Parents often approach me with questions about how to read and interpret all of those tricky sign and symbols in their child’s piano book. This is understandable, because if a parent has no music background, reading music can seem like a foreign language.
I’m always looking for ways to help parents crack the code behind music and to make it easy for them to help their child practice.
I’m compiling a series of bite-sized piano and music facts to help parents understand what is going on in their kids’ piano books.
I’ve posted a series of Piano Parent Tips over on my studio and blog Facebook page.
I wanted to keep all of the tips into one place so that they are easy to share and access. I’ll also add more here over time so be sure to check back.
Piano fingers are numbered 1 to 5 in each hand, starting with the thumbs.
(Related: If your student needs piano practice motivation at home, see this post about Motivation Medicine.)
Piano hands are abbreviated LH for Left Hand and RH for Right Hand
(Related: My favorite keyboard for beginning piano students.)
Numbers printed above or below notes indicate which finger to use.
Piano keys are named with letters A through G. This series of notes repeats over and over from left to right on the keyboard.
(To help young piano students learn the keys of the piano, I highly recommend using the book Handy Houses. It reads like a story book and uses a simple and fun approach to learning the keys.)
C is an important note on the piano. It is located just to the left of the 2 black keys.
(Related: Iwako erasers fit perfectly on piano keys and are a fun prop to use at the piano. Here are several ideas for how to use them.)
The Musical Staff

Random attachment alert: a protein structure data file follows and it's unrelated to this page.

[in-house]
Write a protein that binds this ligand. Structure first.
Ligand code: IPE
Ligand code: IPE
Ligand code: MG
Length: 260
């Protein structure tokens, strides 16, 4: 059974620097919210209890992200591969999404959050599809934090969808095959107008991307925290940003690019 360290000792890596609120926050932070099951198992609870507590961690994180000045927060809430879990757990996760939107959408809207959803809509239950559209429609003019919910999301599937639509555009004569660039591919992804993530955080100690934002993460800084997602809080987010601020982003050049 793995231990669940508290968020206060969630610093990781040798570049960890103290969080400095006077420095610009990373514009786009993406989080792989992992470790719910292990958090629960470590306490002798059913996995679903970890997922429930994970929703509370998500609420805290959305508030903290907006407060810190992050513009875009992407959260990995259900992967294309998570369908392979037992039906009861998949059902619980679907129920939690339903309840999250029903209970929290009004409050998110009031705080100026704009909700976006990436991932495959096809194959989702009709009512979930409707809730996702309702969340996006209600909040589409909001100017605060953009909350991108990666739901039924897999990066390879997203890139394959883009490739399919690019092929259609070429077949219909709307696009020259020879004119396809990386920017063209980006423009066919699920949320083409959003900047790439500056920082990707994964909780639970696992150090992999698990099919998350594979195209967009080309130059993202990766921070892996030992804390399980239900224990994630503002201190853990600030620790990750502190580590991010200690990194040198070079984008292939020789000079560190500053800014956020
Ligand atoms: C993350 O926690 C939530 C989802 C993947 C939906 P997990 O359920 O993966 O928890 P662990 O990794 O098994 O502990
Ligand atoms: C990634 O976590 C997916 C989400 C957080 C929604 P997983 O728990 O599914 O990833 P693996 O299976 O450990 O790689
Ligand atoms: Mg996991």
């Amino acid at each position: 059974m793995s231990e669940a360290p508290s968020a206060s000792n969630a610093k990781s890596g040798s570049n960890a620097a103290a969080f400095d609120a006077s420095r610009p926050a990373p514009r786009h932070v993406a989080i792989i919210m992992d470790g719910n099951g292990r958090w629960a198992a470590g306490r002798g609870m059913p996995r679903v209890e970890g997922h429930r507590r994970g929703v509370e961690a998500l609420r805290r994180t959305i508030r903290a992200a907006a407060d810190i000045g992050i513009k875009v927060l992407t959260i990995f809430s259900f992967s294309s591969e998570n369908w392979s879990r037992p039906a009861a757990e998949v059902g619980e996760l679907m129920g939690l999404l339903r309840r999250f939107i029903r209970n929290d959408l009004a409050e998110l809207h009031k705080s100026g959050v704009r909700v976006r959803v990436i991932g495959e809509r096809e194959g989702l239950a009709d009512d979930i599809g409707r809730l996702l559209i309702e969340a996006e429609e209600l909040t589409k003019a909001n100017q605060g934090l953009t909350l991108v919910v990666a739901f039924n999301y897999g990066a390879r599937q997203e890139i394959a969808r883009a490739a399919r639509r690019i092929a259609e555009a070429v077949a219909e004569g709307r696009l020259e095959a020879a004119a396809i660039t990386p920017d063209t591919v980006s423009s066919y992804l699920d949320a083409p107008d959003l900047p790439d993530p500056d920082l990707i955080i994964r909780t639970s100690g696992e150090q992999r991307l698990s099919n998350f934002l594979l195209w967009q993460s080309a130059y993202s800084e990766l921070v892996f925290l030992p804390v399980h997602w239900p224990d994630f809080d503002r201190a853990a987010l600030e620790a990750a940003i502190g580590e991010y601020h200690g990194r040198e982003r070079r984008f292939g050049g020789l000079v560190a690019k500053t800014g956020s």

Each note on the piano has a home on the staff. The staff is made up of 5 lines and 4 spaces. Notes either sit on a line or in a space.
(Related: Create a productive music environment in your home by instilling a culture of practice in your family.)
Piano music is notated on the grand staff, which includes a staff for each hand. Every key on the piano has a home on the grand staff.
The right hand usually plays notes in the treble clef and the left hand usually plays notes in the bass clef.
(For more practice tips read 101 Piano Practice Tips by Tracy Selle.)
Notes appear either on a line or in a space (between the lines) of the staff.
Notes in consecutive order alternate between lines and spaces.
Ledger lines are small lines that extend above or below the staff.
Middle C is the C near the middle of the piano and on the staff. It is on a ledger line in between the treble clef and bass clef staves.
The Bass Clef is also referred to as the F Clef. The bass clef symbol begins with a large circle that sits on the F line. The 2 smaller circles surround the F line. This makes the note F easy to spot.
The Treble Clef is also referred to as the G Clef. The treble clef symbol forms a loop around the G line. This makes the note G easy to spot.
Beginning Piano For Adults – the best way for parents to keep up with their kid’s piano playing skills is to learn piano themselves. This online course makes it easy to learn and practice piano from home with a busy schedule.
Learn Piano With Flowkey – Flowkey is my favorite online tool for piano tutorials. It features courses for beginners plus tutorials in all levels for hundreds of songs in all styles.
9 Apps For Learning and Practicing Piano – These 9 apps are an excellent supplement to piano practice.
Parents’ Guide To Piano Recitals – This post will help parents understand everything that goes into preparing for a piano recital and how to help their kids have the best possible experience.
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